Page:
The Slatest

EPA Head Loves Climate Change, Hot Towels, Burning Jet Fuel

WASHINGTON, DC - DECEMBER 7:  Environmental Protection Agency Administrator Scott Pruitt testifies before the House Energy and Commerce Committee about the mission of the U.S. Environmental Protection Agency on December 7, 2017 in Washington, DC.  (Photo by Pete Marovich/Getty Images)
For $1,600, taxpayers could have carried him to New York.
Pete Marovich/Getty Images

EPA Administrator Scott Pruitt spent more on first-class plane tickets in one month than the median American household earns in a year, according to a report in the Washington Post.

This summer, the administrator’s lavish travel budget included a $7,004 round-trip ticket between New York and Rome, where Pruitt spent most of his time touring the Vatican, according to records obtained by the Environmental Integrity Project. He also spent $1,641 on a first-class flight from Washington to New York, a jaunt too short even for beverage service—at least in coach. A few days later, he spent $36,069 on a military jet to take him from New York to Cincinnati. It was quite a week.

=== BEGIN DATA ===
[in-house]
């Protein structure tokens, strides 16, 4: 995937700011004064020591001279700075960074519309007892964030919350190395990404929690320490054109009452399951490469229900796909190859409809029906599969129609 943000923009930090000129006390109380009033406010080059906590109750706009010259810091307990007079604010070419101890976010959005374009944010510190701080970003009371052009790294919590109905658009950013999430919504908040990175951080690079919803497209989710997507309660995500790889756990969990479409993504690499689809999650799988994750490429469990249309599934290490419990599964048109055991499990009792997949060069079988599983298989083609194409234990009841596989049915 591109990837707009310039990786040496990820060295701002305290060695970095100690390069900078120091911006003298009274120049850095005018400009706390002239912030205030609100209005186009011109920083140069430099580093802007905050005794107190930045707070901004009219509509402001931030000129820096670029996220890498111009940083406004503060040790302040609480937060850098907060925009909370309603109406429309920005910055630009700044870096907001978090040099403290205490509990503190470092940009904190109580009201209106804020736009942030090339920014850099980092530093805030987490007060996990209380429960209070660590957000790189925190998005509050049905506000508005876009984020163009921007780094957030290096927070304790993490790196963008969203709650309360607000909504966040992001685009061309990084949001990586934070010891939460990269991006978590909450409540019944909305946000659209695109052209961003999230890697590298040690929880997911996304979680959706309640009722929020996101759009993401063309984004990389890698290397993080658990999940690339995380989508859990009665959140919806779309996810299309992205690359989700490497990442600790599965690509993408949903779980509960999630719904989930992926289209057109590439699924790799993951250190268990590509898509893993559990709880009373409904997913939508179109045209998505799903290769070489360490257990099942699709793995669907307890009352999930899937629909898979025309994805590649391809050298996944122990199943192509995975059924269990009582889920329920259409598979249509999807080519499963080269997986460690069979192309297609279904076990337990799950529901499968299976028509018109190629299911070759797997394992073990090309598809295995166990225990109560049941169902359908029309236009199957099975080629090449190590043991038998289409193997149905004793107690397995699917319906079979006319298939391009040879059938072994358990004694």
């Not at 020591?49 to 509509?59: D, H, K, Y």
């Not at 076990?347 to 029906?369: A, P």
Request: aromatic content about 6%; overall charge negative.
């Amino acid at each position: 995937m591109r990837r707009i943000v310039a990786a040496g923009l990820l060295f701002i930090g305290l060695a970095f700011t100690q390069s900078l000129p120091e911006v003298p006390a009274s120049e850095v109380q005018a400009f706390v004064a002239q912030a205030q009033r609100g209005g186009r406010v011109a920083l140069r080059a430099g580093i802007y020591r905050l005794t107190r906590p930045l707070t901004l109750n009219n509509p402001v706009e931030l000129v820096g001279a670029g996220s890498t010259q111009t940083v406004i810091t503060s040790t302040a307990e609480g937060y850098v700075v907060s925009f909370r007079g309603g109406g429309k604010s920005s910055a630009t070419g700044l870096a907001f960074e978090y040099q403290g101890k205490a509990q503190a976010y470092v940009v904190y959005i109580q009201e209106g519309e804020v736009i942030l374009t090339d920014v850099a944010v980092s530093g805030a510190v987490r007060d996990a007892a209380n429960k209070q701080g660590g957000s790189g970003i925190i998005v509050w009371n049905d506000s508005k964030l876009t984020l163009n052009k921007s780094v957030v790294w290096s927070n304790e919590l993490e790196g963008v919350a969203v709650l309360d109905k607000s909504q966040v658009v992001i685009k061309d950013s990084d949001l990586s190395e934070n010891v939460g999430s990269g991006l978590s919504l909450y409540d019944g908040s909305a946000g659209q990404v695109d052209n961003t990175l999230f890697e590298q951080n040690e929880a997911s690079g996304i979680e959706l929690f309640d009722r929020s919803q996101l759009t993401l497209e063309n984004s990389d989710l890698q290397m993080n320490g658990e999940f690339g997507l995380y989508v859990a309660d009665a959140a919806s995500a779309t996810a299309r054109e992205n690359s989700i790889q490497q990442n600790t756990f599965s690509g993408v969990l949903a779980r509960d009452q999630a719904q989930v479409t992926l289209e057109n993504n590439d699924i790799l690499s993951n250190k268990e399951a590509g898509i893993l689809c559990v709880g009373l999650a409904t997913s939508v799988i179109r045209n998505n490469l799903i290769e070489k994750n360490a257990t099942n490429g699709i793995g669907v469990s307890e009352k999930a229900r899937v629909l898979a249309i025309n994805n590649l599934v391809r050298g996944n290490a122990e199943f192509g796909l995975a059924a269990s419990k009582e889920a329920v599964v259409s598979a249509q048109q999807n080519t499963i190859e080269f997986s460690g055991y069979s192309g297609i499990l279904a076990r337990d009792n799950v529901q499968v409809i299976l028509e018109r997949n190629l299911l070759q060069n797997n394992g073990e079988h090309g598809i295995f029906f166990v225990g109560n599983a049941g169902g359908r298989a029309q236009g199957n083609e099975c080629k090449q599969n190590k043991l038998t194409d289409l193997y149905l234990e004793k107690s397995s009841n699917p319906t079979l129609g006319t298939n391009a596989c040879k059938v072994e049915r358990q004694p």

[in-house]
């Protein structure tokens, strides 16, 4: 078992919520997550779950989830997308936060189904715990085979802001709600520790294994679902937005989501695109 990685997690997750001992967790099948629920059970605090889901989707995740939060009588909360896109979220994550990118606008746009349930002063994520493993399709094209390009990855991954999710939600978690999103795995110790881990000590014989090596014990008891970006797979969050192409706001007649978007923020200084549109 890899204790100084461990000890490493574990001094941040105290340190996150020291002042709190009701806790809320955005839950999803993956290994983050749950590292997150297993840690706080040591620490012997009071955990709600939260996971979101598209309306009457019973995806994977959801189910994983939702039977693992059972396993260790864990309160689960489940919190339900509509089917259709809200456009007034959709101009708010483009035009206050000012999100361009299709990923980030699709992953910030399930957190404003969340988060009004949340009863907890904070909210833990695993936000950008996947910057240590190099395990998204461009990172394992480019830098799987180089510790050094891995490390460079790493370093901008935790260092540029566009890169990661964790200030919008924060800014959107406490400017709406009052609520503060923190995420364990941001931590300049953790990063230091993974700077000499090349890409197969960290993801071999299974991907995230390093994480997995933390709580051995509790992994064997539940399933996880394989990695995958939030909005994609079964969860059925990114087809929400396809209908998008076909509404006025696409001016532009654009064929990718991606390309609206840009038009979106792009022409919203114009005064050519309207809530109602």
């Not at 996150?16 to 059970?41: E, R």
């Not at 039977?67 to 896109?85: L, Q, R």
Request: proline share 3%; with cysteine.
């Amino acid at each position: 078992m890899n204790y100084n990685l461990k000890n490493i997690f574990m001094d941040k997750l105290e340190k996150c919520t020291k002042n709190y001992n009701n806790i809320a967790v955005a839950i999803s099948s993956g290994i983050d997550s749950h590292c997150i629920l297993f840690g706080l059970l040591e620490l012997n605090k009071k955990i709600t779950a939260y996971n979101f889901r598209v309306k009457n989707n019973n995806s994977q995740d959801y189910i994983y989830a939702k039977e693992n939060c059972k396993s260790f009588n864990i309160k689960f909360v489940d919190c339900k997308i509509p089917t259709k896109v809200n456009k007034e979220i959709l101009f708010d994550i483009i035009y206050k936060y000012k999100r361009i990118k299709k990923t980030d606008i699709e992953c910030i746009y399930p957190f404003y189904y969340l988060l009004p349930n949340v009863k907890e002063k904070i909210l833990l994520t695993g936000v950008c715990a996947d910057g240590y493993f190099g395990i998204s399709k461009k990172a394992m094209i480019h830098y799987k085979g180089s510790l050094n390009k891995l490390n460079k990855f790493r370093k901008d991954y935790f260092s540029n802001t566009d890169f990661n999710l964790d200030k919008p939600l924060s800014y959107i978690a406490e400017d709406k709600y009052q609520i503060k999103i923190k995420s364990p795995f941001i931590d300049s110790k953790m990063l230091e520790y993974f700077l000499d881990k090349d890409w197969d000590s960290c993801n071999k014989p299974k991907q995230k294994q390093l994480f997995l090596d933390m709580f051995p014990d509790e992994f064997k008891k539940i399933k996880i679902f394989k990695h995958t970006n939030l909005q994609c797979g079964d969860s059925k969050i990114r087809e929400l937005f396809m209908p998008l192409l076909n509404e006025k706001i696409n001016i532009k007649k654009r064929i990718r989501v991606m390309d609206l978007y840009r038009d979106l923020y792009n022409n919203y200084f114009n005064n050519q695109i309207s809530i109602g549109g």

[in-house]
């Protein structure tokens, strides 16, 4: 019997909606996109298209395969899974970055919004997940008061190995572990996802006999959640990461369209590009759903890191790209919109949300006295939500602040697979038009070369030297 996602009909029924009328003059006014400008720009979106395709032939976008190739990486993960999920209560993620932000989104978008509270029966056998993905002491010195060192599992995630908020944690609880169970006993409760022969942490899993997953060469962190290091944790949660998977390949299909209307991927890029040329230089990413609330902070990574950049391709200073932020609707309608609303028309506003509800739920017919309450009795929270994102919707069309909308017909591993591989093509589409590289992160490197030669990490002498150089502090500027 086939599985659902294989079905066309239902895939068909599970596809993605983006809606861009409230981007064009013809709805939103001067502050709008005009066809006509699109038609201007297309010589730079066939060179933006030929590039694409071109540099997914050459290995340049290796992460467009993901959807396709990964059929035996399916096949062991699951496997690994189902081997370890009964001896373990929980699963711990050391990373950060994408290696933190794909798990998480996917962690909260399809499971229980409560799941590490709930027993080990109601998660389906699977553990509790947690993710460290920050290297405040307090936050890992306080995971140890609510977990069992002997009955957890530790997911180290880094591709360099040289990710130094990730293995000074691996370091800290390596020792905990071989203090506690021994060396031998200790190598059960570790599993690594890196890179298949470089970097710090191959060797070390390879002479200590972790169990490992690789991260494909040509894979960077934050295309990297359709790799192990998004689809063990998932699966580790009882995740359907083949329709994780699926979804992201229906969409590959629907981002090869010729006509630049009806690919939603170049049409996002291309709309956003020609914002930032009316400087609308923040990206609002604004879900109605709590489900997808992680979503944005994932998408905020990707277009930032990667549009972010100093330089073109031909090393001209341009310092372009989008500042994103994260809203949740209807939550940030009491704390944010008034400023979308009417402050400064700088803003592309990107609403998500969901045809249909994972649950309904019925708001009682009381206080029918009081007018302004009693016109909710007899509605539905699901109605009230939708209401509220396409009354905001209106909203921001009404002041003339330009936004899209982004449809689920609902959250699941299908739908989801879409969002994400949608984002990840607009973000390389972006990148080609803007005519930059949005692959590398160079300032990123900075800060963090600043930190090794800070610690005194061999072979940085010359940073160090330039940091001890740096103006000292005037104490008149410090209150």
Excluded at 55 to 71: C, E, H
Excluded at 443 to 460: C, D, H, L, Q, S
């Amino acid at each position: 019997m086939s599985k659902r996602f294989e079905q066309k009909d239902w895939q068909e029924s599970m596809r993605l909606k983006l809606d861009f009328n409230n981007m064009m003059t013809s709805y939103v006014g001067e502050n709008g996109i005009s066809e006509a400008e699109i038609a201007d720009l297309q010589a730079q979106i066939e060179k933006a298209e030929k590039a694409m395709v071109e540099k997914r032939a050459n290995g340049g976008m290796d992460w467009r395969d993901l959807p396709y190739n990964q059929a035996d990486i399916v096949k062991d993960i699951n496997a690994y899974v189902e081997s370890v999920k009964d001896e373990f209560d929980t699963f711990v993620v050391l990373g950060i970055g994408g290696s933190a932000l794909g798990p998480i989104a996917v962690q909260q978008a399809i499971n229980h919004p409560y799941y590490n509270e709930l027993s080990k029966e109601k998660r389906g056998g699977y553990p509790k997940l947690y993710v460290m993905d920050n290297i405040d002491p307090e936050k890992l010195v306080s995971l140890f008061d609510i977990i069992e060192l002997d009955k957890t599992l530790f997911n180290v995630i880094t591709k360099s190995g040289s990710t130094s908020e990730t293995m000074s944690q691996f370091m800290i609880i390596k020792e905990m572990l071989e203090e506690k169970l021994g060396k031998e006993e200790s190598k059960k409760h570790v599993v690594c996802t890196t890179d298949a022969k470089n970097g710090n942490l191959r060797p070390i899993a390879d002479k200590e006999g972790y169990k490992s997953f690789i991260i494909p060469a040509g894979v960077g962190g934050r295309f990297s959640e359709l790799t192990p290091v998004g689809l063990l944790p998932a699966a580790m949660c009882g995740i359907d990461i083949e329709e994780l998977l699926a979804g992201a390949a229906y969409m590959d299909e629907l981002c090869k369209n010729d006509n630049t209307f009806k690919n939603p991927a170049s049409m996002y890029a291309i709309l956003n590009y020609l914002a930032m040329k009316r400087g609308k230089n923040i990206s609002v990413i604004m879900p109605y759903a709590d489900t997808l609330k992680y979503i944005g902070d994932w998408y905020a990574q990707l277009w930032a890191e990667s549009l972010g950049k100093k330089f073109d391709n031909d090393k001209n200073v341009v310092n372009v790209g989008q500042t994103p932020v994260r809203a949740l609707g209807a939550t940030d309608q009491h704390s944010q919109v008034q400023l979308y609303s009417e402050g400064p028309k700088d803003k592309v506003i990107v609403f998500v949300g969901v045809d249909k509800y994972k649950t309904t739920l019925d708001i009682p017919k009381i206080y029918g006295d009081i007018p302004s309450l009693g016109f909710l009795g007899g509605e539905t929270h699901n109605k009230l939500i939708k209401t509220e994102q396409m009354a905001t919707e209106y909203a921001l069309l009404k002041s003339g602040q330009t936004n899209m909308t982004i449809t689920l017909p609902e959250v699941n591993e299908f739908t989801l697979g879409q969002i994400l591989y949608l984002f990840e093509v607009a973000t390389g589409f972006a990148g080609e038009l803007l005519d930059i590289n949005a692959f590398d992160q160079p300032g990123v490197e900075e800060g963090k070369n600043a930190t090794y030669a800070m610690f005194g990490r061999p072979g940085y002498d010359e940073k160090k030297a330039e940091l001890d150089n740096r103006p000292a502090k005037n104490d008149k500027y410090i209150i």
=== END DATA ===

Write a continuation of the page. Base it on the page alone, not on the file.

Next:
The rest of June brought Pruitt’s travel budget up to more than $90,000, which doesn’t include the handful of first-class trips back to his home state of Oklahoma that have cost more than $2,000 apiece over the course of his tenure. Or the cost of the tickets for his security detail, a first for an EPA head.

It’s charitable, if misguided, that Pruitt, who believes climate change may help humans “flourish,” has personally strived to burn as much jet fuel as possible from his perch atop the EPA. But he’s not the only member of the Trump cabinet who enjoys a reclined chair at 30,000 feet. Treasury Secretary Steve Mnuchin and his wife used a government jet to watch the moon block out the sun from atop a mountain of gold. Interior secretary Ryan Zinke went skiing. Former HHS Director Tom Price had to resign over his private jet use.

Pruitt has a penchant for expensive, fussy behavior. He spent $25,000 on a soundproof privacy box for his office because he was worried about eavesdropping. He installed biometric locks and swept the office for bugs. He has also insisted on hiring a full-time security team to follow him around 24/7, including on his international jaunts, an undertaking the EPA inspector general says is justified because Pruitt has received more death threats than his predecessors.

Pruitt’s taste for a hot towel in a big comfy airplane chair may be the most relatable thing about him.